MT VOID 06/26/09 -- Vol. 27, No. 52, Whole Number 1551

MT VOID 06/26/09 -- Vol. 27, No. 52, Whole Number 1551

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Mt. Holz Science Fiction Society
06/26/09 -- Vol. 27, No. 52, Whole Number 1551

Table of Contents

      El Presidente: Mark Leeper, The Power Behind El Pres: Evelyn Leeper, Back issues at All material copyright by author unless otherwise noted. All comments sent will be assumed authorized for inclusion unless otherwise noted. To subscribe, send mail to To unsubscribe, send mail to

Acknowledgement (comments by Mark R. Leeper):

This week's MT VOID is brought to you by the Pre-Owned-Humvee Owners Exchange. Buy a used Humvee today. It's the tank of the American Road. [-mrl]

Powder River (comments by Mark R. Leeper):

In Wyoming they have the Powder River. That name always seemed like a joke to me. What is a Powder River? If you want to reconstitute it you just add water, lots and lots of water. [-mrl]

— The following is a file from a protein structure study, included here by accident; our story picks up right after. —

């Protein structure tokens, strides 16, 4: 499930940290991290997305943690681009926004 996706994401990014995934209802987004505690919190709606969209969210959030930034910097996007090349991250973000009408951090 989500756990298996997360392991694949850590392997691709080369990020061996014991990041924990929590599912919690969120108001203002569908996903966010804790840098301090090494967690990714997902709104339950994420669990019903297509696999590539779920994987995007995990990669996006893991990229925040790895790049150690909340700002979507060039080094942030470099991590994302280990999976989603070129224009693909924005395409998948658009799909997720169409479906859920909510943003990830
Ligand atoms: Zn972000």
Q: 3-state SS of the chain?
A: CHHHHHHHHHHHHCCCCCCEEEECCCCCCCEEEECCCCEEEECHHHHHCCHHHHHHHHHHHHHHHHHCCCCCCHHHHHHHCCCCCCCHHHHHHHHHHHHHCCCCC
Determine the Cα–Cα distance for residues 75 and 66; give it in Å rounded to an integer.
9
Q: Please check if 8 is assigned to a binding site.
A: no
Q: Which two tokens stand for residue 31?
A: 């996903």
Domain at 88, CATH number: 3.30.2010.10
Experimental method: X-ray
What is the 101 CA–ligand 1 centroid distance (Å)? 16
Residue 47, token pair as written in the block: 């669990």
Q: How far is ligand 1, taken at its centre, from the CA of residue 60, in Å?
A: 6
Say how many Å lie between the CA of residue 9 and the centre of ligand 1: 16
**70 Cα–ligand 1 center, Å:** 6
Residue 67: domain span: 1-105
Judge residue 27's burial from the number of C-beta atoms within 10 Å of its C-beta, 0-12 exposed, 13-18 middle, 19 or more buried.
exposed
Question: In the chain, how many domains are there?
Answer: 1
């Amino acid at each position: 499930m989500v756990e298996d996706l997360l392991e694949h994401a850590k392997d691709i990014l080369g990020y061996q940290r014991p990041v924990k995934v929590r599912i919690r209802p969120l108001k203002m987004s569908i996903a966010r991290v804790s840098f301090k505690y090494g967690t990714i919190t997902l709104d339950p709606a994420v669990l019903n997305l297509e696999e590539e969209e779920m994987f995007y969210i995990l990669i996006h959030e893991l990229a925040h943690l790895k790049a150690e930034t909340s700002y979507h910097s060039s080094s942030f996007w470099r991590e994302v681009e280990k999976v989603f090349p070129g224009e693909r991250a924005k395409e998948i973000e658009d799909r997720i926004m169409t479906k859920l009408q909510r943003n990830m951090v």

Good Radio Drama Site (comments by Mark R. Leeper):

You may remember I track sites that have free radio drama. I maintain the site:

19 Nocturne Boulevard is another find. Julie Hoverson is twice a month releasing great new half-hour plays in the old-time-radio tradition. The stories are fully dramatized with a touch of fun in the acting and are science fiction, horror, and suspense. There is even a Western with the continuing character The Deadeye Kid. The genres are a mixed bag, but the quality is quite high. There is also an archive of the older programs:


How Does 3-D Work in Films? (comments by Mark R. Leeper):

It looks like the mainstream filmmakers are going in for three- dimensional films in a big way. What is pushing the trend is the improvement in home video. People are getting big TVs with high- definition clarity. They are getting a theater quality picture without going to the theater. In the 1950s home video went from no picture at all--they called it "radio"--to a note card sized black and white picture of Milton Berle dressing like a woman. Theaters had to give the public something they could not get a home. That was a three-dimensional image.